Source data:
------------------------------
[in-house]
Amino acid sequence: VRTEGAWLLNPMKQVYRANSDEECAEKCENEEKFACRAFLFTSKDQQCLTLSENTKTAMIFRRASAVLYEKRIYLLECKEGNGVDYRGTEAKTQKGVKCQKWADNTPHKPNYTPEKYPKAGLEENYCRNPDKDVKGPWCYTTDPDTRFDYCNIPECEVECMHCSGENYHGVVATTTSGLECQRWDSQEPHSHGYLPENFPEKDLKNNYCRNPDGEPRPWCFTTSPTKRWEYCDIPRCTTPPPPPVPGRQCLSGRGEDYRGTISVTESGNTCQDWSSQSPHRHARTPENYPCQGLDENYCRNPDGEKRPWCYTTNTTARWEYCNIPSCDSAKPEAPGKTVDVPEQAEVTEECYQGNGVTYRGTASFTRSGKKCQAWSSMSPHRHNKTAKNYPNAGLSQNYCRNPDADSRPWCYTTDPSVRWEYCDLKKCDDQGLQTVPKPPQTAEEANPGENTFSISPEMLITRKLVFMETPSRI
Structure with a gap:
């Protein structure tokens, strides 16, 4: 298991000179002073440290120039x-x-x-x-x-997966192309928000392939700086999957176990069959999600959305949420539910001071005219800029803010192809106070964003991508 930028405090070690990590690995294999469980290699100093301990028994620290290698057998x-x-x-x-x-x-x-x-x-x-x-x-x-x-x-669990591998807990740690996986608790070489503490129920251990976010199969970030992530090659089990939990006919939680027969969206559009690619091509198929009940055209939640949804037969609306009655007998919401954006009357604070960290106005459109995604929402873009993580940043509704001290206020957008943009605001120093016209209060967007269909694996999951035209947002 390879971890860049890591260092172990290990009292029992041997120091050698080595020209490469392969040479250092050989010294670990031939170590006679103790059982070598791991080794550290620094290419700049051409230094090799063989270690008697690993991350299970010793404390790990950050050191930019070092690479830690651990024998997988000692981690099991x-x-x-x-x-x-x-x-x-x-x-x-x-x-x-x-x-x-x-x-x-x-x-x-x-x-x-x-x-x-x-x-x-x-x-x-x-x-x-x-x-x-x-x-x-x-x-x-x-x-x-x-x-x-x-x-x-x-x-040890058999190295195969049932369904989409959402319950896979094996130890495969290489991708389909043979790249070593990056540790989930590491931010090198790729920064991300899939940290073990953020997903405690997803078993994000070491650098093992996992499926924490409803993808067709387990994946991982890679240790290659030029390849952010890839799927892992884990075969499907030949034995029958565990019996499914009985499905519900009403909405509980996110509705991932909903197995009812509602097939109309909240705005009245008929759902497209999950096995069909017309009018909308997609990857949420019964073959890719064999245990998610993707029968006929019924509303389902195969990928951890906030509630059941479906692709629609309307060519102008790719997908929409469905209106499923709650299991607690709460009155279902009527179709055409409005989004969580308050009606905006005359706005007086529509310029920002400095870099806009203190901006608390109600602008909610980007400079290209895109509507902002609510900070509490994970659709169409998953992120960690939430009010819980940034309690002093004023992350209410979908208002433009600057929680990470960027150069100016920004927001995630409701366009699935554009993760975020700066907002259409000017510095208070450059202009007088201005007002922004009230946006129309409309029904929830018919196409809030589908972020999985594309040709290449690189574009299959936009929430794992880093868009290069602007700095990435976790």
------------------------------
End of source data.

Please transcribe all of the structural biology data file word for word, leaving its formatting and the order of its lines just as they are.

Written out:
[in-house]
Amino acid sequence: VRTEGAWLLNPMKQVYRANSDEECAEKCENEEKFACRAFLFTSKDQQCLTLSENTKTAMIFRRASAVLYEKRIYLLECKEGNGVDYRGTEAKTQKGVKCQKWADNTPHKPNYTPEKYPKAGLEENYCRNPDKDVKGPWCYTTDPDTRFDYCNIPECEVECMHCSGENYHGVVATTTSGLECQRWDSQEPHSHGYLPENFPEKDLKNNYCRNPDGEPRPWCFTTSPTKRWEYCDIPRCTTPPPPPVPGRQCLSGRGEDYRGTISVTESGNTCQDWSSQSPHRHARTPENYPCQGLDENYCRNPDGEKRPWCYTTNTTARWEYCNIPSCDSAKPEAPGKTVDVPEQAEVTEECYQGNGVTYRGTASFTRSGKKCQAWSSMSPHRHNKTAKNYPNAGLSQNYCRNPDADSRPWCYTTDPSVRWEYCDLKKCDDQGLQTVPKPPQTAEEANPGENTFSISPEMLITRKLVFMETPSRI
Structure with a gap:
């Protein structure tokens, strides 16, 4: 298991000179002073440290120039x-x-x-x-x-997966192309928000392939700086999957176990069959999600959305949420539910001071005219800029803010192809106070964003991508 930028405090070690990590690995294999469980290699100093301990028994620290290698057998x-x-x-x-x-x-x-x-x-x-x-x-x-x-x-669990591998807990740690996986608790070489503490129920251990976010199969970030992530090659089990939990006919939680027969969206559009690619091509198929009940055209939640949804037969609306009655007998919401954006009357604070960290106005459109995604929402873009993580940043509704001290206020957008943009605001120093016209209060967007269909694996999951035209947002 390879971890860049890591260092172990290990009292029992041997120091050698080595020209490469392969040479250092050989010294670990031939170590006679103790059982070598791991080794550290620094290419700049051409230094090799063989270690008697690993991350299970010793404390790990950050050191930019070092690479830690651990024998997988000692981690099991x-x-x-x-x-x-x-x-x-x-x-x-x-x-x-x-x-x-x-x-x-x-x-x-x-x-x-x-x-x-x-x-x-x-x-x-x-x-x-x-x-x-x-x-x-x-x-x-x-x-x-x-x-x-x-x-x-x-x-040890058999190295195969049932369904989409959402319950896979094996130890495969290489991708389909043979790249070593990056540790989930590491931010090198790729920064991300899939940290073990953020997903405690997803078993994000070491650098093992996992499926924490409803993808067709387990994946991982890679240790290659030029390849952010890839799927892992884990075969499907030949034995029958565990019996499914009985499905519900009403909405509980996110509705991932909903197995009812509602097939109309909240705005009245008929759902497209999950096995069909017309009018909308997609990857949420019964073959890719064999245990998610993707029968006929019924509303389902195969990928951890906030509630059941479906692709629609309307060519102008790719997908929409469905209106499923709650299991607690709460009155279902009527179709055409409005989004969580308050009606905006005359706005007086529509310029920002400095870099806009203190901006608390109600602008909610980007400079290209895109509507902002609510900070509490994970659709169409998953992120960690939430009010819980940034309690002093004023992350209410979908208002433009600057929680990470960027150069100016920004927001995630409701366009699935554009993760975020700066907002259409000017510095208070450059202009007088201005007002922004009230946006129309409309029904929830018919196409809030589908972020999985594309040709290449690189574009299959936009929430794992880093868009290069602007700095990435976790």